May 25 2024

The Hunters of the Lost Bitcoin


If a company is hacked, the blackmailers often demand Bitcoin as ransom. But all is not always lost for companies that pay. Experts can track the extorted coins – and possibly get them back. Check this link if you want to learn more about bitcoin.

At first, all seems lost. If a company is hacked, data is encrypted, or the entire operation is paralyzed, in most cases, there is a ransom demand. And the hackers usually do not ask for euros or dollars but cryptocurrencies such as Bitcoin.

So no envelope with lots of banknotes is placed somewhere for anonymous delivery. Instead, the ransom is paid virtually, via the blockchain, a decentralized data protocol, to the hackers’ virtual wallet. Is it irretrievably gone?

Not necessarily. The advantage of the blockchain:

Theoretically, everyone can track where the paid redemption bitcoins are moving. But to track paid ransom, special crypto investigators are usually required. These lost coin hunters are often called tracers in the virtual money world.

One of them is the Austrian Max Bernt. He studied international criminal law but quickly specialized in money laundering in the crypto sector. Bernt is now the chief legal officer at the crypto company Blockpit and is primarily responsible for the exchange with the investigative authorities. The Austrian startup has developed software that can track hacked Bitcoin in the blockchain on which the cryptocurrency is based. Bernt explains how this works: If blackmailers demand Bitcoin as ransom, they also have to provide a wallet address to which the blackmailed company will pay the Bitcoin.

“We will then immediately add this wallet address to our ‘blacklist’,” says crypto tracker Bernt. “Similar to marked banknotes, all coins transferred via this wallet can then be recognized as ‘contaminated’ and treated accordingly.”

Over time, the software learns and recognizes more fraudulent wallets, coins, and the crypto exchanges they are traded on. Moreover, since the blockchain can be viewed by all its users, experts like Bernt can track the captured coins on their way through the data network – and, if successful, with authorities, even recover them.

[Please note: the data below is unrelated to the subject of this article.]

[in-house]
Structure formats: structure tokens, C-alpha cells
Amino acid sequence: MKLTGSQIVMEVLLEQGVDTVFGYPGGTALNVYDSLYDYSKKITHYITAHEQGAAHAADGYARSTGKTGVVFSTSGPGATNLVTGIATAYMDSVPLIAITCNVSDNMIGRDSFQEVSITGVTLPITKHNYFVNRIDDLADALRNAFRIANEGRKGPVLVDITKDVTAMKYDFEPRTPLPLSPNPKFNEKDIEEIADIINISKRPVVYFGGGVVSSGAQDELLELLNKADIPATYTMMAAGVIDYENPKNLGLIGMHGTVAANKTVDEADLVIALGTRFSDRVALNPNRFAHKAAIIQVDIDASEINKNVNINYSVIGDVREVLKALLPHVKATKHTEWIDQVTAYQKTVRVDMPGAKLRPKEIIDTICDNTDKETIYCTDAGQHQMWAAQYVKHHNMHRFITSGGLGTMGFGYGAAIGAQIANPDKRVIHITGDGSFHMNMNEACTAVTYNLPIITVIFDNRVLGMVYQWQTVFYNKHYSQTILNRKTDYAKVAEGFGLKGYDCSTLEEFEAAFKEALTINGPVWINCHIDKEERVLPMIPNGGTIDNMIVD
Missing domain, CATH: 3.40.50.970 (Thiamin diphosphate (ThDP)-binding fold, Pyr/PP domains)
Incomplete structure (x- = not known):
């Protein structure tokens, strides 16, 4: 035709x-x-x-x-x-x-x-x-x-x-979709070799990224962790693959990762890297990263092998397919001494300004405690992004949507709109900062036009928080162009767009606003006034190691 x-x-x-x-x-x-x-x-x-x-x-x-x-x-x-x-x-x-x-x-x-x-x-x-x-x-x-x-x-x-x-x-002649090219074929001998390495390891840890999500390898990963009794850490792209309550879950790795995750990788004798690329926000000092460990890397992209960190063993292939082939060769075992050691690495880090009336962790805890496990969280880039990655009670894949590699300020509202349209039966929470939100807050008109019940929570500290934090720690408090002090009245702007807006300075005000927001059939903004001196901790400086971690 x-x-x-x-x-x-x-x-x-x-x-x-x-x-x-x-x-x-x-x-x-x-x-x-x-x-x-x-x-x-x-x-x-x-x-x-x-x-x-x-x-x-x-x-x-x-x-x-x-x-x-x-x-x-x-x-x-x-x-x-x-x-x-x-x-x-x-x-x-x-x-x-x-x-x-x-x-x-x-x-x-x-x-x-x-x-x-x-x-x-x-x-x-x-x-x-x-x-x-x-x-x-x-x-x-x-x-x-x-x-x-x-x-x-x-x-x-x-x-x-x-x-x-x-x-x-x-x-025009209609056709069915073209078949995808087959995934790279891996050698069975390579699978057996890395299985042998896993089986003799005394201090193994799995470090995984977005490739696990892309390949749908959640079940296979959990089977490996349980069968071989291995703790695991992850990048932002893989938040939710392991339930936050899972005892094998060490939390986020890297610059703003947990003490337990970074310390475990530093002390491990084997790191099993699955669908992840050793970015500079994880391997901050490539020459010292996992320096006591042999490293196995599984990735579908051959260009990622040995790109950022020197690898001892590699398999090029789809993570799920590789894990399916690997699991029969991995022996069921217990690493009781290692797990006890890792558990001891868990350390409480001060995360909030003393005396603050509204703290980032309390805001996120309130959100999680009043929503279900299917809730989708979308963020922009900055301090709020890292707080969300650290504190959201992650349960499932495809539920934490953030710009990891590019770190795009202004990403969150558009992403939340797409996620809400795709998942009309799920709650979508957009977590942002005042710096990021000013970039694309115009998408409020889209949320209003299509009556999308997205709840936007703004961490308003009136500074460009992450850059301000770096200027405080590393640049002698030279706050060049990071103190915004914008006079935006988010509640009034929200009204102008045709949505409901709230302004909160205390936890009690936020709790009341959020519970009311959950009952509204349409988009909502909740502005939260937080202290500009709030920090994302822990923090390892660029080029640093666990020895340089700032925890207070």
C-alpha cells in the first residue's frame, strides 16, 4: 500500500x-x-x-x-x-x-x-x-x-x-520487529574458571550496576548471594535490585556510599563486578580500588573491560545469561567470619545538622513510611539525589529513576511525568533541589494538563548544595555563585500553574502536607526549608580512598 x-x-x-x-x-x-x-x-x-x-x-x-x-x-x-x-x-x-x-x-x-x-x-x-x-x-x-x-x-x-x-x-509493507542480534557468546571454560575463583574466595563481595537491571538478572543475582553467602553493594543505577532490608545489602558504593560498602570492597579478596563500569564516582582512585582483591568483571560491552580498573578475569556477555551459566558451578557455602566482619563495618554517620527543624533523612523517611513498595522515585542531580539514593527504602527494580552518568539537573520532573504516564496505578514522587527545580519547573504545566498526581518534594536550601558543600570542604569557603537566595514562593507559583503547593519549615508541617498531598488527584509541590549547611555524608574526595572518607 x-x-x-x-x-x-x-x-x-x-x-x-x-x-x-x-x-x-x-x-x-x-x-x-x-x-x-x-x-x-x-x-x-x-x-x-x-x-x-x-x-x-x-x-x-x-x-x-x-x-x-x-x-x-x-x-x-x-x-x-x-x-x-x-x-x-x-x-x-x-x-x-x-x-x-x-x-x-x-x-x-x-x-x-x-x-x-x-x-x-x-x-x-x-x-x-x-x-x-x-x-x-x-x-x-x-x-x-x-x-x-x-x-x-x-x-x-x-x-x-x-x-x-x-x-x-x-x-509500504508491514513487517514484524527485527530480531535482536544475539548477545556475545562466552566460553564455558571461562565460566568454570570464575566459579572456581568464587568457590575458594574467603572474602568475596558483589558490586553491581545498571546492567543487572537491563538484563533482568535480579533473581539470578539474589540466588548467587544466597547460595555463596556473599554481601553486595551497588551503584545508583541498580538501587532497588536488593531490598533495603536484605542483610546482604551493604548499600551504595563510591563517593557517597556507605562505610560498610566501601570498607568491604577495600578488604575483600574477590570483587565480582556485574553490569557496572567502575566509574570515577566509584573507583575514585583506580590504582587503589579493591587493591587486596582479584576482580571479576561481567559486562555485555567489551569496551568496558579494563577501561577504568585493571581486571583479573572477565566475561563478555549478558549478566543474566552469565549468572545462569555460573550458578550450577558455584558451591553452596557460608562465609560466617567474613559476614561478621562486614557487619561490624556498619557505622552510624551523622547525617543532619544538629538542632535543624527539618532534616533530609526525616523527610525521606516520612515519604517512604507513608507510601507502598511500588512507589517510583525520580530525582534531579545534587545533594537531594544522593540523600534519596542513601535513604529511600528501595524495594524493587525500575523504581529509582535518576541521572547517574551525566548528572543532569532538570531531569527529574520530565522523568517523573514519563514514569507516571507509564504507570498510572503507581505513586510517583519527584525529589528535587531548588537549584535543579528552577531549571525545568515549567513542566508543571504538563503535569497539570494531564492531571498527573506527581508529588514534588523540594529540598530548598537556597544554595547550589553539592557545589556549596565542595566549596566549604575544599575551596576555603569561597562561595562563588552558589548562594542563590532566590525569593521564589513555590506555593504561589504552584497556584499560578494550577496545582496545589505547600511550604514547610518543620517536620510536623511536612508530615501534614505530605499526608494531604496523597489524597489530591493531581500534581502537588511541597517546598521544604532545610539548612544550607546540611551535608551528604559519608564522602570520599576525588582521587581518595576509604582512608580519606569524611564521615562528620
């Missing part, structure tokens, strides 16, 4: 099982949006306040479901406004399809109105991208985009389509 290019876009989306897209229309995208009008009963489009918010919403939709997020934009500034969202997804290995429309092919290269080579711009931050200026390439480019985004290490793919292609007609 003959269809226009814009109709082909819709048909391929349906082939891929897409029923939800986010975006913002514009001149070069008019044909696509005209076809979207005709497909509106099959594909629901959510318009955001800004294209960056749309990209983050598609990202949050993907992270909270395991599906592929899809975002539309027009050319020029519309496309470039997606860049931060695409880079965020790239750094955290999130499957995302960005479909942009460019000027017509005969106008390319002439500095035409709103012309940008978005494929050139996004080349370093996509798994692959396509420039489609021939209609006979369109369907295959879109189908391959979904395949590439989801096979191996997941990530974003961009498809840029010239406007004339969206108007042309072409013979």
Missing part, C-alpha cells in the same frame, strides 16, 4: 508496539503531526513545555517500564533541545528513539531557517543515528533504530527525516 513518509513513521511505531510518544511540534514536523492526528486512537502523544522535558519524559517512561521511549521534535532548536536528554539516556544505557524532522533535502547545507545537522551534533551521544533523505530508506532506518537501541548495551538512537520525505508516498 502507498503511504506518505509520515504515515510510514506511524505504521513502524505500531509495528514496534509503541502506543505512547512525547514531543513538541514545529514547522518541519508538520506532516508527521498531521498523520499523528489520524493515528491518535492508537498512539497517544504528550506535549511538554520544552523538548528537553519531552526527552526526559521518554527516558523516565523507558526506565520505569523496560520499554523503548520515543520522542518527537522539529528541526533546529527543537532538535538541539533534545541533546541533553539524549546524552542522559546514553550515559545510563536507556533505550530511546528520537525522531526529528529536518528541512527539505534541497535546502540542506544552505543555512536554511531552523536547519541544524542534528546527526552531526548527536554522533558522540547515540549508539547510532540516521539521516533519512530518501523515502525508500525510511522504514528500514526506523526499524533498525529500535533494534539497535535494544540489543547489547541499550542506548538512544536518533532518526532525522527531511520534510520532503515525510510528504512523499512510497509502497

There are some real-life examples. For instance, In May 2020, an unknown hacker group laid a cyberattack on Colonial Pipeline, The largest pipeline in the USA, and forced it to shut down. The US Government paid around $4.4 Million worth of bitcoin as ransom. But it is reported that the FBI followed the transaction and recovered a big part of the ransom.

The use of a crypto investigator is often beneficial for companies. Currently, up to 50 bitcoins are being blackmailed in such attacks, says Bernt. “That depends on who is being hacked.” Most of the time, however, the amounts are kept relatively low so that companies are encouraged to pay quickly to avoid a public loss of reputation.

Nevertheless, that is currently equivalent to 2.1 million dollars in ransom demanded. “In around 95 percent of the cases, ransom money was paid in Bitcoin,” says Bernt. Other cryptocurrencies, such as the privacy coin Monero, are also more difficult for crypto traders to track and not as easy for companies to obtain as Bitcoin. As a result, many would not know what to do when they receive ransom after an attack. “Then there is panic.”

The German authorities, the State Criminal Police Offices, and the Federal Criminal Police Office (BKA) also mark dirty coins as fraudulent. However, as Bernt knows, not everyone works with the same software. The most common program for detecting fraudulent coins is the American crypto analysis service Chainalysis. However, the software is quite expensive, with a fee of tens of thousands of euros per access. Moreover, not every regional authority affords this, and administrative assistants often must be requested, which delays the processes.

Despite this, Chainalysis probably has the best overview of how the number of hacked crypto coins is developing worldwide in the industry. “We continue to see many attacks,” says Gervais Grigg, who manages the cooperation with the international investigative authorities for Chainalysis. Small and medium-sized businesses, in particular, are badly affected. “Ideally, companies that are big enough to pay a lot of money but small enough that they don’t have a cyber-defense department are ideal,” says Grigg. The blackmailers were looking for such companies. Like Bernt, Grigg also believes that many blackmailed companies also pay the demanded crypto money – often accompanied by the investigating authorities.


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